Caution, Fed laying trap ahead
Updated: 2014-10-28 07:36
By Stephen Roach(China Daily)
As the US Federal Reserve attempts to exit from its unconventional monetary policy, it is grappling with the disparity between the policy's success in preventing economic disaster and its failure to foster a robust recovery. Given the extent to which this disconnect has fomented mounting financial-market excesses, the exit will be all the more problematic for markets - and for the US' market-fixated monetary authority.
The Fed's current quandary is rooted in a radical change in the art and practice of central banking. Conventional monetary policies, designed to fulfill the Fed's dual mandate of price stability and full employment, are ill-equipped to cope with the systemic risks of asset and credit bubbles, to say nothing of the balance sheet recessions that ensue after such bubbles burst. This became painfully apparent over the past years, as central banks, confronted by the global financial crisis of 2008-09, turned to unconventional policies - in particular, massive liquidity injections through quantitative easing (QE).
The theory behind this move - as espoused by Ben Bernanke, first as an academic, then as a Fed governor and eventually as Fed Chairman - is that operating on the quantity dimension of the credit cycle is the functional equivalent of acting on the price side of the equation. That supposition liberated the Fed from fear of the dreaded "zero bound" that it was approaching in 2003-2004, when, in response to the collapse of the equity bubble, it lowered its benchmark policy rate to 1 percent. If the Fed ran out of basis points, the argument went, it would still have plenty of tools at its disposal for supporting and guiding the real economy.
But this argument's intellectual foundations - first laid out in a 2002 paper by 13 members of the Fed's Washington, DC, research staff - are shaky, at best.
The paper's seemingly innocuous title, Preventing Deflation: Lessons from Japan's Experience in the 1990s, makes the fundamental assertion that Japan's struggles were rooted in a serious policy blunder: the Bank of Japan's failure to recognize soon enough and act strongly enough on the peril of incipient deflation. (Not coincidentally, this view coincided with a similar conclusion by Bernanke in a scathing attack on the Bank of Japan in the late 1990s.) The implication was clear: substantial monetary and fiscal stimulus is critical for economies that risk approaching the "zero bound".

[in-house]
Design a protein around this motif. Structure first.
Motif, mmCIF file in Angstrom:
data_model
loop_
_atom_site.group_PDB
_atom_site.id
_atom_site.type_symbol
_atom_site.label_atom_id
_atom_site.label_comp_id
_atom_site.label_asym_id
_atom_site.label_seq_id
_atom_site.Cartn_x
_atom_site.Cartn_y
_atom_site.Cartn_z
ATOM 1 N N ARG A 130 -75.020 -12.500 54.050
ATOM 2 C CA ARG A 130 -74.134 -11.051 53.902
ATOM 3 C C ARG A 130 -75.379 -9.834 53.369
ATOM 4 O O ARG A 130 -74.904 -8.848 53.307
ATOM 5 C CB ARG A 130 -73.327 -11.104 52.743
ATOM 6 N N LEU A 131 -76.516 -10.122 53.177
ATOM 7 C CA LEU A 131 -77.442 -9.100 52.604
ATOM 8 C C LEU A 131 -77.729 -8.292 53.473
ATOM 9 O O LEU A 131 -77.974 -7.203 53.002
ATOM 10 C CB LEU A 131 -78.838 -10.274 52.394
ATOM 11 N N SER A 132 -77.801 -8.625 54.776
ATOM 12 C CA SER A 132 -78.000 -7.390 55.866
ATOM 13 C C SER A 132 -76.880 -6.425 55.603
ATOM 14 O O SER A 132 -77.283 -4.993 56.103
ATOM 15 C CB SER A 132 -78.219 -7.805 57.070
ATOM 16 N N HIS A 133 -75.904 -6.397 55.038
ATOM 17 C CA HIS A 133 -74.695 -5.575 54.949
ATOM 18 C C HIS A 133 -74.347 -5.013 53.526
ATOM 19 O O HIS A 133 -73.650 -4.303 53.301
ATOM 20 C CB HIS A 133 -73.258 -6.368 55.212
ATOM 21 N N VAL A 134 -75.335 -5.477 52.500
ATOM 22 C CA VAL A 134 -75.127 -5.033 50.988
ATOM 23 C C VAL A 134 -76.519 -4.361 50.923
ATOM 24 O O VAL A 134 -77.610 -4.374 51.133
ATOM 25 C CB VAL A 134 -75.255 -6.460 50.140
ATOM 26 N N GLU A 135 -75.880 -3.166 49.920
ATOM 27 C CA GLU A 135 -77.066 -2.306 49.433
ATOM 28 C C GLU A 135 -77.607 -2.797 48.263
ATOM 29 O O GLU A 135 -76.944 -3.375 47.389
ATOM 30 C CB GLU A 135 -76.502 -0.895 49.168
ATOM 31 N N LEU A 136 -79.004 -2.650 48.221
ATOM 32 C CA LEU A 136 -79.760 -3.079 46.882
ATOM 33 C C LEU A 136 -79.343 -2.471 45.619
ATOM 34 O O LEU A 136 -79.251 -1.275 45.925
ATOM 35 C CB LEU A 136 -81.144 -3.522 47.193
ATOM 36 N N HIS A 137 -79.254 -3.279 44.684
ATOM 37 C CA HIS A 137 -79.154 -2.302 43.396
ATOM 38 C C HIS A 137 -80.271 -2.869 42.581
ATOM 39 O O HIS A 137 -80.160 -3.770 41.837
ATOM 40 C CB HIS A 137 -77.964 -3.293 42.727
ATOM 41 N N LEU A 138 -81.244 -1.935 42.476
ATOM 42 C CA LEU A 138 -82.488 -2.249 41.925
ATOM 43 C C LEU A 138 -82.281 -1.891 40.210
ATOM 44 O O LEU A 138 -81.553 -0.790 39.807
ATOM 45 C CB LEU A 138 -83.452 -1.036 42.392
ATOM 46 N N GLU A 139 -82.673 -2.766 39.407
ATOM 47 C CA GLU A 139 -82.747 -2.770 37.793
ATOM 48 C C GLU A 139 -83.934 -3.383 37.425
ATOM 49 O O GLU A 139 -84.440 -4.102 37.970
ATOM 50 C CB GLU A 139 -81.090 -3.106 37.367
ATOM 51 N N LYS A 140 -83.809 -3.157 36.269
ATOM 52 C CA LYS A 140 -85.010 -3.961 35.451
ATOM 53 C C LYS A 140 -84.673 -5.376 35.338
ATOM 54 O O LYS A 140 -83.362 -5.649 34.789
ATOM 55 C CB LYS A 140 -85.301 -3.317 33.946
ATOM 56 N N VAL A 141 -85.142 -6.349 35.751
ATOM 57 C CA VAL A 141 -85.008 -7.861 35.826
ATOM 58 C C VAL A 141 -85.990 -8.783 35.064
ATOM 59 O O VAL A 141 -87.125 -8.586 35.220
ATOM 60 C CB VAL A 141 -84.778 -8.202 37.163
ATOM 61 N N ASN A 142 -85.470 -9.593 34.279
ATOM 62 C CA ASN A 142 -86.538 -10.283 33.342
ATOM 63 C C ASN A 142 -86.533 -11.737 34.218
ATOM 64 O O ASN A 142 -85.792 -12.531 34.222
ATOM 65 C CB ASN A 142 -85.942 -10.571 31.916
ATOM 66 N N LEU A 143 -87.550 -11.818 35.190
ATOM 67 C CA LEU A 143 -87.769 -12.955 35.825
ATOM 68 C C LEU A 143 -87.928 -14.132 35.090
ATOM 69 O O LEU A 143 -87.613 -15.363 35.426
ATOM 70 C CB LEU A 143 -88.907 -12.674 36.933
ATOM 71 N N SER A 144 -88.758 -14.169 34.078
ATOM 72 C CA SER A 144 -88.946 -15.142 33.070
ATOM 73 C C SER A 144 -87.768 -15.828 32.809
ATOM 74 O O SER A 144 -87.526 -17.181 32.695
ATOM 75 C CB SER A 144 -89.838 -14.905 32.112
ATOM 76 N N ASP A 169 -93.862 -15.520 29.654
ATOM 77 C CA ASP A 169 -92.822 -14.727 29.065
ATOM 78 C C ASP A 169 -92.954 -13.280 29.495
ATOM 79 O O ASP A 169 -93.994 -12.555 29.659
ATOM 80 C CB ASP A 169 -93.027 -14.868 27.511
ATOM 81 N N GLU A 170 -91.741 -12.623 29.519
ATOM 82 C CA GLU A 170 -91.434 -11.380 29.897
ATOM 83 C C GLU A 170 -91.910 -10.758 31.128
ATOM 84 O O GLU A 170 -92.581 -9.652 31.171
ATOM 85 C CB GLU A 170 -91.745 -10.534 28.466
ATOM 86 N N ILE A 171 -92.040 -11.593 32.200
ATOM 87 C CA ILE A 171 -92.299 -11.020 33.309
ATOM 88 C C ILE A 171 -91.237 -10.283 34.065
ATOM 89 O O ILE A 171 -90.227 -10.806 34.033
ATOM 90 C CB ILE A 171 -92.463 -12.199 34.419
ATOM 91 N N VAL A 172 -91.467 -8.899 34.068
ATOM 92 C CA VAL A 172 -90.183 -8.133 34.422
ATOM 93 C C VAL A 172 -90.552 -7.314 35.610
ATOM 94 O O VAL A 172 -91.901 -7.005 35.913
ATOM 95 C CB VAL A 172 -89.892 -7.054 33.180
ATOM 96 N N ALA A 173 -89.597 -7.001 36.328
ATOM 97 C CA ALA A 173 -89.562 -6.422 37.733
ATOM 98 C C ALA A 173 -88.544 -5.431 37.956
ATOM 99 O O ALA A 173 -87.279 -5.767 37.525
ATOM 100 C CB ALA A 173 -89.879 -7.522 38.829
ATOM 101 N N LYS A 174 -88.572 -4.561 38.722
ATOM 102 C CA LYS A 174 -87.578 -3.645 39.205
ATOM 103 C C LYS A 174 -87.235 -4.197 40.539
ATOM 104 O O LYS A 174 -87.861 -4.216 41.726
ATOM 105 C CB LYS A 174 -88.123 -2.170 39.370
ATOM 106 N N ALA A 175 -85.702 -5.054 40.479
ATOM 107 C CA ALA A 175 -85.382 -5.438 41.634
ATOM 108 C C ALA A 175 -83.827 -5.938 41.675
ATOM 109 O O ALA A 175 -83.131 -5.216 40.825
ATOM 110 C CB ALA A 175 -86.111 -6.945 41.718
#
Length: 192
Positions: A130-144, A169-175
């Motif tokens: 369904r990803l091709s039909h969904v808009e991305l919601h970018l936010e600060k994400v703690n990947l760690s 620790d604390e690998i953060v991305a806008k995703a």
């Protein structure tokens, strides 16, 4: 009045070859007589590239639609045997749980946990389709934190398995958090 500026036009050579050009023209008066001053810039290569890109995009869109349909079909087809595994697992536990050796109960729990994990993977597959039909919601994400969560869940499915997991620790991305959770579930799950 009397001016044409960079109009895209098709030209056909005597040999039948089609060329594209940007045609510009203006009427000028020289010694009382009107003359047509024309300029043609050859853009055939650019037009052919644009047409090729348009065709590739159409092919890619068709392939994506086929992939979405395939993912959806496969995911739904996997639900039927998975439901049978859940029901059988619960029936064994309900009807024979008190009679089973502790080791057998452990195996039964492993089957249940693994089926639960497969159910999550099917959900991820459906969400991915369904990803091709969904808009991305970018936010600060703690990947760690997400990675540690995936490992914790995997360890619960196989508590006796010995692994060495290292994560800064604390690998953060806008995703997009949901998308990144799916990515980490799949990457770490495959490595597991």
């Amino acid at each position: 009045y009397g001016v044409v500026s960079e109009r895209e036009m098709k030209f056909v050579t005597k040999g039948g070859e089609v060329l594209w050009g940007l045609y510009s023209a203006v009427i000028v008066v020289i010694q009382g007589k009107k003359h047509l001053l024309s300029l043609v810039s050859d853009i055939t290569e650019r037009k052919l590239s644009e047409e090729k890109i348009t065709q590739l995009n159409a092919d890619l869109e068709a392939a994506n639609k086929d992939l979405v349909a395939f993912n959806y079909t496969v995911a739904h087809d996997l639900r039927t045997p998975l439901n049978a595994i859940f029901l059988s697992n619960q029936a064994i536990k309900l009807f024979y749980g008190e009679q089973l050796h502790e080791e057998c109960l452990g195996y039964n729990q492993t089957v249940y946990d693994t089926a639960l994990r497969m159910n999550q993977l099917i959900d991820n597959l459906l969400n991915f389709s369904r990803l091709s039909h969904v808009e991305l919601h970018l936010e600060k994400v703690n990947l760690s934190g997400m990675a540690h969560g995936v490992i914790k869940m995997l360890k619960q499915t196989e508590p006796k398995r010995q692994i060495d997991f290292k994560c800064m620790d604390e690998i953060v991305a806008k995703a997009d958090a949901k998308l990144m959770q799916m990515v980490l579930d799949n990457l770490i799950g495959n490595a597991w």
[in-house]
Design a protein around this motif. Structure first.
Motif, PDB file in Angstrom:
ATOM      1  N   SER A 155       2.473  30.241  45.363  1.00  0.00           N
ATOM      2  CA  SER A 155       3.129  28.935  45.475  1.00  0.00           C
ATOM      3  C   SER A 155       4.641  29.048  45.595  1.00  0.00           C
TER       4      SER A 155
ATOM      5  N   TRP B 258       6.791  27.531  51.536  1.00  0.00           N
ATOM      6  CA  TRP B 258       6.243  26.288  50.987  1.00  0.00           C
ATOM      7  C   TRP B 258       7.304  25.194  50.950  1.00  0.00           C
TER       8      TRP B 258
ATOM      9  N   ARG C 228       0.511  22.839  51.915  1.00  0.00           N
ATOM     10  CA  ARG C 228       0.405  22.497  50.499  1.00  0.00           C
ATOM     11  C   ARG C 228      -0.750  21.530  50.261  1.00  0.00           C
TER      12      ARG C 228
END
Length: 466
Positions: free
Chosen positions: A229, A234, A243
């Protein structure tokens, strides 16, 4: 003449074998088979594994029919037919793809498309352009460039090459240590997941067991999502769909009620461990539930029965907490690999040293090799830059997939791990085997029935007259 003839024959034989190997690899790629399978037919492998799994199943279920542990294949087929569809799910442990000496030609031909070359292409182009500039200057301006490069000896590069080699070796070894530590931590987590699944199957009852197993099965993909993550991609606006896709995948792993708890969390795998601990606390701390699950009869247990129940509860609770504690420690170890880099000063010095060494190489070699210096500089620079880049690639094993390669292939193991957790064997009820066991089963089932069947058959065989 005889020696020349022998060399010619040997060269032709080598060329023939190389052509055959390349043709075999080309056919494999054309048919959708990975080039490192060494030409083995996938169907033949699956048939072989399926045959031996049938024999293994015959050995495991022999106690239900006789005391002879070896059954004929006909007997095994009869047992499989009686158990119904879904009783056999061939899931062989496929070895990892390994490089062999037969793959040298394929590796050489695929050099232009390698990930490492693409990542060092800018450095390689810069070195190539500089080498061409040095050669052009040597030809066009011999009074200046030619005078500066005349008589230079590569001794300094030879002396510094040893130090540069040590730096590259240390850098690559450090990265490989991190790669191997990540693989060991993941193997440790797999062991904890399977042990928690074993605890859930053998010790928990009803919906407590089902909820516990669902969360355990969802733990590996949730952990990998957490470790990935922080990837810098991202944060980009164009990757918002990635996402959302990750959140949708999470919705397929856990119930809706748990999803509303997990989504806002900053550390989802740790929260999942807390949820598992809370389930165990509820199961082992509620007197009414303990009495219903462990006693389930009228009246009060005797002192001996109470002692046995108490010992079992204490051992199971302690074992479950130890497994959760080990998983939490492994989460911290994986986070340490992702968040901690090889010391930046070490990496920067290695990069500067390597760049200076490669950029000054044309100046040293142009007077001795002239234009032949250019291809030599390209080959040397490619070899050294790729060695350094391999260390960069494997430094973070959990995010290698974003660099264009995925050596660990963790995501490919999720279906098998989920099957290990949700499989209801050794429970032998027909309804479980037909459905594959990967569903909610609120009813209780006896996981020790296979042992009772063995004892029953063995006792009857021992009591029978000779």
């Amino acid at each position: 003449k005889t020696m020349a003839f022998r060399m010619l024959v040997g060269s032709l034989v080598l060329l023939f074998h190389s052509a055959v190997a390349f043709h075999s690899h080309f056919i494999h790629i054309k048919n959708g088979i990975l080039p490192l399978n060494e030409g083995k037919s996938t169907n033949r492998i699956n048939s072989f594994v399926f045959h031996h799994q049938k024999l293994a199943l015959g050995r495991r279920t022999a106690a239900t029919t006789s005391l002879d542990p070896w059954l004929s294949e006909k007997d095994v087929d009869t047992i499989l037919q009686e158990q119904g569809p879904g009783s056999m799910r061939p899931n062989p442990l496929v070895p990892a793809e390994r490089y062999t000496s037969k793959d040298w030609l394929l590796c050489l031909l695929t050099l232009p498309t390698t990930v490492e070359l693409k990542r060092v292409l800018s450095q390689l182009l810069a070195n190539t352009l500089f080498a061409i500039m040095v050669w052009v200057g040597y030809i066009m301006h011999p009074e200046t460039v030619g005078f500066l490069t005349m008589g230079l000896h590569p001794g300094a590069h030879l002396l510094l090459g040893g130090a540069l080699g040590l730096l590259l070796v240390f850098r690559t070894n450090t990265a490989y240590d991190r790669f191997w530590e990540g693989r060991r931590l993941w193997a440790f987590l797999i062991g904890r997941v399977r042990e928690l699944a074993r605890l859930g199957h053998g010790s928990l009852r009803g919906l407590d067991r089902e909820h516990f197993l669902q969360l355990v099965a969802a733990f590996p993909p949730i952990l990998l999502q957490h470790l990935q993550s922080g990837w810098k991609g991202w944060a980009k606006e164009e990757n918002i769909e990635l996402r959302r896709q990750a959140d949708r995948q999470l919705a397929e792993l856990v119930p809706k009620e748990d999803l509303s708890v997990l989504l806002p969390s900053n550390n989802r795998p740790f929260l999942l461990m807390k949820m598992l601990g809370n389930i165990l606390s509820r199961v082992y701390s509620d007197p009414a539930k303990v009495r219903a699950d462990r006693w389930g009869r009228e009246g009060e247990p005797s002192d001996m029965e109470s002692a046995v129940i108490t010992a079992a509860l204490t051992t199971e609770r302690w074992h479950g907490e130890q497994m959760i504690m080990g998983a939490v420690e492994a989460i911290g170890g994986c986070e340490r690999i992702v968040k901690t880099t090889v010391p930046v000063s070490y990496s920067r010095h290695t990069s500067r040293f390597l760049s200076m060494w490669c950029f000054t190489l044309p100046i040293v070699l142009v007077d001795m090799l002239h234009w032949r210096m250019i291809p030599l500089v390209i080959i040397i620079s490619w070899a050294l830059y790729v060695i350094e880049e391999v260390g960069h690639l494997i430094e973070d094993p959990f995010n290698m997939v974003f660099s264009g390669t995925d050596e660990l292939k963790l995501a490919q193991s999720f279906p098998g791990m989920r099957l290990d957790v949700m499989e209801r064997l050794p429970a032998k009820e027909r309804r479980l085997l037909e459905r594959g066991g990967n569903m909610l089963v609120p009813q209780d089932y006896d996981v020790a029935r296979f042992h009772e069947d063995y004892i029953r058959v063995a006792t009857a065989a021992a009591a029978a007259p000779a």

Any doubt as to what form that "substantial stimulus" might take were dispelled a few months later, when Bernanke, then Fed governor, delivered a speech emphasizing the need for a central bank to deploy unconventional measures to mitigate deflationary risks in an economy that was approaching the "zero bound". Such measures could include buying up public debt, providing subsidized credit to banks, targeting longer-term interest rates, or even intervening to reduce the dollar's value in foreign exchange markets.
A few years later, the global financial crisis erupted, and these statements, once idle conjecture, became the basis for an urgent action plan. But one vital caveat was lost in the commotion: What works during a crisis will not necessarily provide sufficient traction for the post-crisis recovery - especially if the crisis has left the real economy mired in a balance sheet recession. Indeed, given that such recessions clog the monetary policy transmission mechanism, neither conventional interest rate adjustments nor unconventional liquidity injections have much impact in the wake of a crisis, when deleveraging and balance sheet repair are urgent.